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Bull shark

Posted on: March 8, 2010

Above the bull shark

1. This shark is common worldwide in warm  shallow waters along coasts and in rivers.

2. The bull shark is well-known for its unpredictable and often aggressive behavior. Since bull sharks often dwell in shallow waters they may be more dangerous to humans than any other species of shark. and along with tiger sharks and great white sharks are among the three shark species most likely to attack humans.

3. Unlike most sharks the bull sharks tolerate fresh water and can travel far up rivers. As a result they are probably responsible for the majority of near-shore shark attacks including many attacks attributed to other species. However bull sharks are not true freshwater sharks.

4. The bull shark lives all over the world in many different areas and travels long distances. It is common in coastal areas of warm oceans and in rivers and lakes and occasionally salt and freshwater streams if they are deep enough. It is found to a depth of 150 meters (490 ft) but does not usually swim deeper than 30 meters (98 ft). In the Atlantic it is found from Massachusetts to southern Brazil and from Morocco to Angola. In the Indian Ocean it is found from South Africa to Kenya, India, and Vietnam to Australia. There are more than 500 bull sharks in the Brisbane River and greater numbers still in the canals of the Gold Coast in Queensland, Australia. In the Pacific Ocean and it can be found from Baja California to Ecuador. It also lives in fresh water Lake Nicaragua and in the Ganges and Brahmaputra rivers of West Bengal and Assam in eastern India and adjoining Bangladesh. It can live in water with a high salt content as in St. Lucia Estuary in South Africa.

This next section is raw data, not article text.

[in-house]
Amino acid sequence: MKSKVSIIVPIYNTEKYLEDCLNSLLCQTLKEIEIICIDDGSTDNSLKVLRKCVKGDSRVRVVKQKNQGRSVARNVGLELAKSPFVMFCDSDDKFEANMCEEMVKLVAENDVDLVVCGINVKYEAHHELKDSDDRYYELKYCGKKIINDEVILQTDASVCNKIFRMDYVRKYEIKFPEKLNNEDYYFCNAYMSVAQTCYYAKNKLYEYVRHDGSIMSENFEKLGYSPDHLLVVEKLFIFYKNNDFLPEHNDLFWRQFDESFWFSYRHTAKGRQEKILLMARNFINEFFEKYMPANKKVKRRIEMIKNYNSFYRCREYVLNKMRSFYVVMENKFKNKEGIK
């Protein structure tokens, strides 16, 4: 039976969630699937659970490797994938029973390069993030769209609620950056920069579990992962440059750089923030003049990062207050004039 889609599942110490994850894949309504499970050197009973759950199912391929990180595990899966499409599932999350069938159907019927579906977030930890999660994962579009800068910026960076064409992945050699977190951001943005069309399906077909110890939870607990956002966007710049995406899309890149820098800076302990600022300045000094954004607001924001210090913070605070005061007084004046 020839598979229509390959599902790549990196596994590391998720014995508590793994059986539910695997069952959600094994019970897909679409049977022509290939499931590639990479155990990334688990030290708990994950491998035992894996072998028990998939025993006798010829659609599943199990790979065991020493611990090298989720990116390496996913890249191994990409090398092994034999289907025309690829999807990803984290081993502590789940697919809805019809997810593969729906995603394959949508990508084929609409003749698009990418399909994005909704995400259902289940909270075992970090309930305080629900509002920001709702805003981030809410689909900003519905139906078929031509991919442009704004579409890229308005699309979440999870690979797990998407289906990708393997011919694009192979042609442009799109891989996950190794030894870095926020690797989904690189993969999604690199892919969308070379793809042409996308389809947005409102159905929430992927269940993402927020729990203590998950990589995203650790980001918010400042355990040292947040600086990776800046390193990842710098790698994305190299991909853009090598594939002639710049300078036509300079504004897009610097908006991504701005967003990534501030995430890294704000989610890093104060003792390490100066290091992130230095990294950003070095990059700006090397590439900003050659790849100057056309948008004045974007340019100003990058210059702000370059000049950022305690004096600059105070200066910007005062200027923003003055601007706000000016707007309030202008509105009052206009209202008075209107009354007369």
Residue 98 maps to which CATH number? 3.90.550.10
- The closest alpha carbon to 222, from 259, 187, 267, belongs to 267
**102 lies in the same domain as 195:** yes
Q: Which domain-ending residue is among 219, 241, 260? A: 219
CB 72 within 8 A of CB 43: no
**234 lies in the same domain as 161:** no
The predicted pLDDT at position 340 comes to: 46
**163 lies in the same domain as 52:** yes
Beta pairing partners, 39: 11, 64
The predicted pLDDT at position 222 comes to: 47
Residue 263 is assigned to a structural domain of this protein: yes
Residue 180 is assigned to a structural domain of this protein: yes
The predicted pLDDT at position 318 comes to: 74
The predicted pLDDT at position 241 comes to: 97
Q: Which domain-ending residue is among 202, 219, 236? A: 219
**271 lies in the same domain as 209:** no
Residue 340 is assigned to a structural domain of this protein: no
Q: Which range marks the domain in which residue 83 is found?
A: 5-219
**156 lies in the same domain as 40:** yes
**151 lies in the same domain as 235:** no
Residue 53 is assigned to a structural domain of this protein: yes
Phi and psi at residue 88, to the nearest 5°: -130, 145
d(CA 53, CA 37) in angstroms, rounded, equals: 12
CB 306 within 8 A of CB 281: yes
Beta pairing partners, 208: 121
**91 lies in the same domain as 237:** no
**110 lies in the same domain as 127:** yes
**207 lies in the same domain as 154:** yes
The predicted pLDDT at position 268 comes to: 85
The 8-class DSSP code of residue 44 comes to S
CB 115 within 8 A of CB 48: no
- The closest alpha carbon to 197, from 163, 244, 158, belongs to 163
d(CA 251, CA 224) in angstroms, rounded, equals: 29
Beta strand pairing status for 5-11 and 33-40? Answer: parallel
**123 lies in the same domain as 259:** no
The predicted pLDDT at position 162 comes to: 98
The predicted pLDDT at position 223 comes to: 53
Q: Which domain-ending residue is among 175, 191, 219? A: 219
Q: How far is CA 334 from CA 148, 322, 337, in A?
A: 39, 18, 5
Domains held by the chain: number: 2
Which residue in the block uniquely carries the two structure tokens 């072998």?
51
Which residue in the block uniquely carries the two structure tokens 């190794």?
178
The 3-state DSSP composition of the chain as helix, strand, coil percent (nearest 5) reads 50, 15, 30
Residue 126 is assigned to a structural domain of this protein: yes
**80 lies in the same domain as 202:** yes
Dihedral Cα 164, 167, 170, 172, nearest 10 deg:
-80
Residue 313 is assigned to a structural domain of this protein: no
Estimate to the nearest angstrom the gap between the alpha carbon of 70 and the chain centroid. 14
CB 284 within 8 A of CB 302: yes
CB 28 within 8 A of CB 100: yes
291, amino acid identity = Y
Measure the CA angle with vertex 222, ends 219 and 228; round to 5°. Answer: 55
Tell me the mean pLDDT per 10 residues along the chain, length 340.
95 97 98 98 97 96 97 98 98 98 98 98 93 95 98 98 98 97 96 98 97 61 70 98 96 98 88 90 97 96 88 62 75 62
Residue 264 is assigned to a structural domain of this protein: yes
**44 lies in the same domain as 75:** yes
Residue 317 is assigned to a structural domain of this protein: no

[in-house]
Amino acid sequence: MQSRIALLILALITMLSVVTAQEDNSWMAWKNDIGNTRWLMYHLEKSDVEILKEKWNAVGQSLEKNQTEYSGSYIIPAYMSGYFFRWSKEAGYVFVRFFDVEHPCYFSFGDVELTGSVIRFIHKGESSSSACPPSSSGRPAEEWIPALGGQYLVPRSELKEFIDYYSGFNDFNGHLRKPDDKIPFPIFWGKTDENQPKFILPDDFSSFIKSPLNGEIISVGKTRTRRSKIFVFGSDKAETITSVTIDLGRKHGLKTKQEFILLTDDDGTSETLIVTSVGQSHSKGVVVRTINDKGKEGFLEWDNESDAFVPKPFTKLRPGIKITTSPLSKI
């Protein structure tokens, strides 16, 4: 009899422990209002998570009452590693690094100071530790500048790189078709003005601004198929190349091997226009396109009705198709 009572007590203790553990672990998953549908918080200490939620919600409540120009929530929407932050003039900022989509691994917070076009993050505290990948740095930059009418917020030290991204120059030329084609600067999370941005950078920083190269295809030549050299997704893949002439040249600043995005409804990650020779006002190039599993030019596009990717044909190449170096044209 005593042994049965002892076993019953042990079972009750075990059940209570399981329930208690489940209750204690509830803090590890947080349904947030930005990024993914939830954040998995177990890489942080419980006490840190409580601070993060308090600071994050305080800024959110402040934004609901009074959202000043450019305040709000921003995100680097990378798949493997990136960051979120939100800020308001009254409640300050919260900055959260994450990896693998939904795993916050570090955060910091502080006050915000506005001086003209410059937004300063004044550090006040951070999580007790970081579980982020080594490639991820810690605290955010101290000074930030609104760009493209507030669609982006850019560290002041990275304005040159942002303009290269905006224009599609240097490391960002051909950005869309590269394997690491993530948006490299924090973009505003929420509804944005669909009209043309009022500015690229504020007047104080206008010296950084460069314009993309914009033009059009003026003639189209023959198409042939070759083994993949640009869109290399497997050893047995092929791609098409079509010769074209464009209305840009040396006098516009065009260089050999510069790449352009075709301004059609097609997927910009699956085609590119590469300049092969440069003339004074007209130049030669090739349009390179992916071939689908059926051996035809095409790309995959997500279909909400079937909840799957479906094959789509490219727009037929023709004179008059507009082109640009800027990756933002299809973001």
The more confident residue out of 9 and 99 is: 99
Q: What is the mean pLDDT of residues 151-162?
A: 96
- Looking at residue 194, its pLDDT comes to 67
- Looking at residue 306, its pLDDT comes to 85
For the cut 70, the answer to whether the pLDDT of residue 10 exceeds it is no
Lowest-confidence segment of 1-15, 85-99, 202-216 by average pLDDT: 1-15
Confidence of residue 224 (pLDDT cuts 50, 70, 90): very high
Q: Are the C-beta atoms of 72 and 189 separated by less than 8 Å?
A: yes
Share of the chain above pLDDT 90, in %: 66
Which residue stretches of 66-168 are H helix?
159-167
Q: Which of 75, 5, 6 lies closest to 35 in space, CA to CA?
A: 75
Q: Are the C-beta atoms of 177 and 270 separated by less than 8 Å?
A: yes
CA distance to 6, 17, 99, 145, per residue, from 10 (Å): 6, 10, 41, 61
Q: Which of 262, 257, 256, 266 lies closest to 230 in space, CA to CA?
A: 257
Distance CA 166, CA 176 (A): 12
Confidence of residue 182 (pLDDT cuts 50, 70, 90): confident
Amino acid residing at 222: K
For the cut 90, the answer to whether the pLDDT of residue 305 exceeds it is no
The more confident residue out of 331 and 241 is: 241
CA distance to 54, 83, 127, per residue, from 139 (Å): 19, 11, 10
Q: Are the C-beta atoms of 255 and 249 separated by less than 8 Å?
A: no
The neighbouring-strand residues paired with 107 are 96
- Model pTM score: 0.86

5. Bull sharks are large and stout. Males can reach 2.1 m (6 ft 11) and weigh 91 kg (200 lb). Females can be much larger up to 4 m (13 ft) and 318 kg (700 lb). Bull sharks are wider than other requiem sharks of comparable length and are Grey on top and white below. The second dorsal fin is smaller than the first.

6. Bull sharks eat fish and other sharks, dolphins, rays, turtles, seabirds, molluscs, echinoderms, crustaceans, and virtually any other animal. Bull sharks have been known to use the ‘bump-and-bite’ to attack their prey. Relatively calm bull sharks can suddenly become violent and begin to bump divers.

7. Bull sharks are typically solitary hunters but occasionally hunt in pairs. They often cruise through shallow waters. They can suddenly accelerate and can be highly aggressive even attacking a racehorse in the Brisbane River in the Australian state of Queensland. They are extremely territorial and attack animals that enter their territory. One or more bull sharks may have been responsible for the Jersey Shore shark attacks of 1916 which was the inspiration for Peter Benchley’s novel Jaws. Most of these attacks were previously thought to be great whites. In India bull sharks swim up the Ganges River and have attacked people. It also eats human corpses that the local population float on the river. Many of these attacks have been wrongly blamed on the Ganges shark and a fairly rare species that is probably the only other shark that can live comfortably in both saltwater and freshwater. The Grey nurse shark was also blamed during the sixties and seventies.

8. Bull sharks mate during late summer and early autumn often in the brackish water of river mouths. After gestating for 12 months a bull shark may give birth to 4-10 live young. They are viviparous. The young are about 70 cm (28 in) at birth and take 10 years to reach maturity.

9. Bull sharks are apex predators and rarely have to fear being attacked by other animals. Humans are their biggest threat. Larger sharks such as the tiger shark and great white shark may attack them. Saltwater crocodiles have been well-documented as regularly preying on bull sharks in the rivers and estuaries of Northern Australia. It is likely that other large crocodilians such as the Nile crocodile and the American crocodile (both of whom share virtually all of their range with the bull shark) exhibit similar predatory behavior.

All of this info is from


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